Can the commissioners be blamed for making wild generalisations about "the public", though, when the public has such a short attention span? It used to be said that a new television programme had three series to prove itself. This has gone down to one. With the advent of web forums, a single episode can make or break a show.

Today, thanks to Twitter, everyone is not only a critic, but a hasty one. The virtual axe can be wielded less than five minutes in to a programme's debut, as some hipster's 140-character review - "This is shit, turning over" - receives 20,000 retweets. Before long, there'll be a website that dismisses shows before they have even been thought up, sparing everyone the tiresome business of making them.

Keep on dancing

It's because of all this that high-ranking TV officials with their jobs at stake look everywhere they can for easily digestible advice on what "we" are interested in. And it's also why everyone in television is bound by a set of committee-devised rules that are impossible to find out unless you try to break one of them.

Books are to be avoided. A programme is not worth making unless viewers can interact with it on Facebook. If you have two presenters, one must be male and the other female, or the show will look "too blokey". (Also, the girl must be pretty, though the man can be more geeky-looking.) No one under the age of 25 watches documentaries. Nearly all programmes must involve dancing. And, most importantly, if someone has made a successful programme that shows any of these rules to be nonsense, then forget the rule book and just copy what they did, using a slightly different name.

Mark Watson is a stand-up comedian and novelist. His most recent book, Crap at the Environment, follows his own efforts to halve his carbon footprint over one year.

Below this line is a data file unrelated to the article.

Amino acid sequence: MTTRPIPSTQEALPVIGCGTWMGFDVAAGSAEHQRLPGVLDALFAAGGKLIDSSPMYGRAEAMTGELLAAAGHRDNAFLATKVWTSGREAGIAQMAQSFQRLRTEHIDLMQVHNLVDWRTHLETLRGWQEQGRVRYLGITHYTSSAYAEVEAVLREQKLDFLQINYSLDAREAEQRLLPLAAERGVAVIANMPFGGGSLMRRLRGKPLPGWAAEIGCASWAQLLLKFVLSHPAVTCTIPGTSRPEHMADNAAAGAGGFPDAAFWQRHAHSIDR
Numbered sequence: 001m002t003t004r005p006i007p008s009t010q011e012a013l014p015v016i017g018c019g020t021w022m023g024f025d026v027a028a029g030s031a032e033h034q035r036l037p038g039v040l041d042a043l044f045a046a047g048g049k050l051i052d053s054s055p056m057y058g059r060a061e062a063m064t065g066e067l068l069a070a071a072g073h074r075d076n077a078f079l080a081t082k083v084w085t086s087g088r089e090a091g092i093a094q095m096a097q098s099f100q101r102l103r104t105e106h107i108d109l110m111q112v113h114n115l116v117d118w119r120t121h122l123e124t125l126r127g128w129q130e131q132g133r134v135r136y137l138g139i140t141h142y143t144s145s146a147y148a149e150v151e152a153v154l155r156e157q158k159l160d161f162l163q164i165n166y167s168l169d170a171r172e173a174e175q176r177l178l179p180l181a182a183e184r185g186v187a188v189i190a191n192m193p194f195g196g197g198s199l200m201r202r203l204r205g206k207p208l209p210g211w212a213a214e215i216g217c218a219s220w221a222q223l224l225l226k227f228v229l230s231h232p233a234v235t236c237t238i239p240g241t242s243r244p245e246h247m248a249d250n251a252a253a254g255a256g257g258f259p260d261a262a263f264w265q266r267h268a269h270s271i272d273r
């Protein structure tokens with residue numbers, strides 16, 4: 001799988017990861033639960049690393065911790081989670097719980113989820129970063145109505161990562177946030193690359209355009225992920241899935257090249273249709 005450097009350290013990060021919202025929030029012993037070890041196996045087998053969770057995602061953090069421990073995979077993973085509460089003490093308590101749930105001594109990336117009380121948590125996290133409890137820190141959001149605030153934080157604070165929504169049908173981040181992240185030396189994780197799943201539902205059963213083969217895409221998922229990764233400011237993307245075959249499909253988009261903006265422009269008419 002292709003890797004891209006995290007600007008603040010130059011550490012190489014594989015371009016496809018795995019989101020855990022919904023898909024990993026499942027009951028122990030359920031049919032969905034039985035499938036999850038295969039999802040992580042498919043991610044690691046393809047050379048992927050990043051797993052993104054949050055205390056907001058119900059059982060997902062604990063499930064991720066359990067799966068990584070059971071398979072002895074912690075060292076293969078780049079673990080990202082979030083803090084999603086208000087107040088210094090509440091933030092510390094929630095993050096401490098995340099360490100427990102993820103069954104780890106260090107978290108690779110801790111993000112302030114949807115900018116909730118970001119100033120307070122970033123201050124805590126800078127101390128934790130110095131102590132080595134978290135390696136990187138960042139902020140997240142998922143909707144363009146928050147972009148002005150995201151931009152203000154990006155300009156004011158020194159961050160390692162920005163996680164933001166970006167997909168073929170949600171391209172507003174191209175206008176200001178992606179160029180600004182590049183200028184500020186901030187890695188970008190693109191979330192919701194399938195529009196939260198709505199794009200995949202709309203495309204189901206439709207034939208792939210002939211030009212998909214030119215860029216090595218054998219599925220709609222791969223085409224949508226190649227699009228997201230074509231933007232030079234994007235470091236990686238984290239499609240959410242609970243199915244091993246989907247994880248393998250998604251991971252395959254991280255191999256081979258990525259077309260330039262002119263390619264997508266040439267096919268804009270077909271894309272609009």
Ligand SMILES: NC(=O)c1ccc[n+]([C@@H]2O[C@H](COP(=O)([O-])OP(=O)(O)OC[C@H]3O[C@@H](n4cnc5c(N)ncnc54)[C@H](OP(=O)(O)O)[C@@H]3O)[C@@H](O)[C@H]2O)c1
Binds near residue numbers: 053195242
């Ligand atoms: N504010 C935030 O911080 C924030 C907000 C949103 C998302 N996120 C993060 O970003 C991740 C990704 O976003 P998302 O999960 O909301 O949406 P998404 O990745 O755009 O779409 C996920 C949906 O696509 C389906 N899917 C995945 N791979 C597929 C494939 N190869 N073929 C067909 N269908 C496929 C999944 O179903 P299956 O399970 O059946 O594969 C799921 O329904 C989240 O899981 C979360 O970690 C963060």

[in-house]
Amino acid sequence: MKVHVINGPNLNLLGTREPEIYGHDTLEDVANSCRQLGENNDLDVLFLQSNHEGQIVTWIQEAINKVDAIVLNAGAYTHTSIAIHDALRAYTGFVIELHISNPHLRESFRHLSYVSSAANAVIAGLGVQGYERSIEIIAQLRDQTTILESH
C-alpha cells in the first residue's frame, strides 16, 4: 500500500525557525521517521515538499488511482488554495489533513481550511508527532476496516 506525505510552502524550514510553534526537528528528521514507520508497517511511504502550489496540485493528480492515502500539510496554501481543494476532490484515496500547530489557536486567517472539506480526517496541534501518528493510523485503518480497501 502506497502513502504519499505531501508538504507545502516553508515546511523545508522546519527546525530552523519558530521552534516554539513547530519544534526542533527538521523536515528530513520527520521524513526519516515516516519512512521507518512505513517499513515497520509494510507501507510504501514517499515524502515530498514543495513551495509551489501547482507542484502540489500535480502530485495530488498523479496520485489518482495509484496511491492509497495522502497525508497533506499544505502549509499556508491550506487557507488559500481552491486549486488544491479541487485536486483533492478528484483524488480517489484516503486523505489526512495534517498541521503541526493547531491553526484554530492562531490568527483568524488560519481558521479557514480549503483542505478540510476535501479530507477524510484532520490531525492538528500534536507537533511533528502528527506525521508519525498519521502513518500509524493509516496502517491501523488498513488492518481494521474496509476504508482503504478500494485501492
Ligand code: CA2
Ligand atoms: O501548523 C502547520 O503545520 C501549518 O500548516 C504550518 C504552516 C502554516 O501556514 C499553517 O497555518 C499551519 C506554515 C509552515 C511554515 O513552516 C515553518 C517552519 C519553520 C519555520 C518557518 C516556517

This article first appeared in the 14 February 2011 issue of the New Statesman, The Middle East

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I am special and I am worthless: inside the mind of a narcissist

There's been a lot of discussion about narcissists this week. But what does the term actually mean?

Since the rise of Donald Trump, the term “narcissistic” has been cropping up with great regularity in certain sections of the media, including the pages of this journal. I wouldn’t want to comment about an individual I’ve never met, but I thought it would be interesting to look at the troubling psychological health problem of narcissistic personality disorder (NPD).

People with NPD (which is estimated to affect about 1 per cent of the population) have a characteristic set of personality traits. First, they have a deeply held sense of specialness and entitlement. Male NPD sufferers frequently present as highly egotistical, with an unshakeable sense of their superiority and importance; female sufferers commonly present as eternal victims on whom the world repeatedly inflicts terrible injustices. In both cases, the affected person believes he or she is deserving of privileged treatment, and expects it as a right from those around them.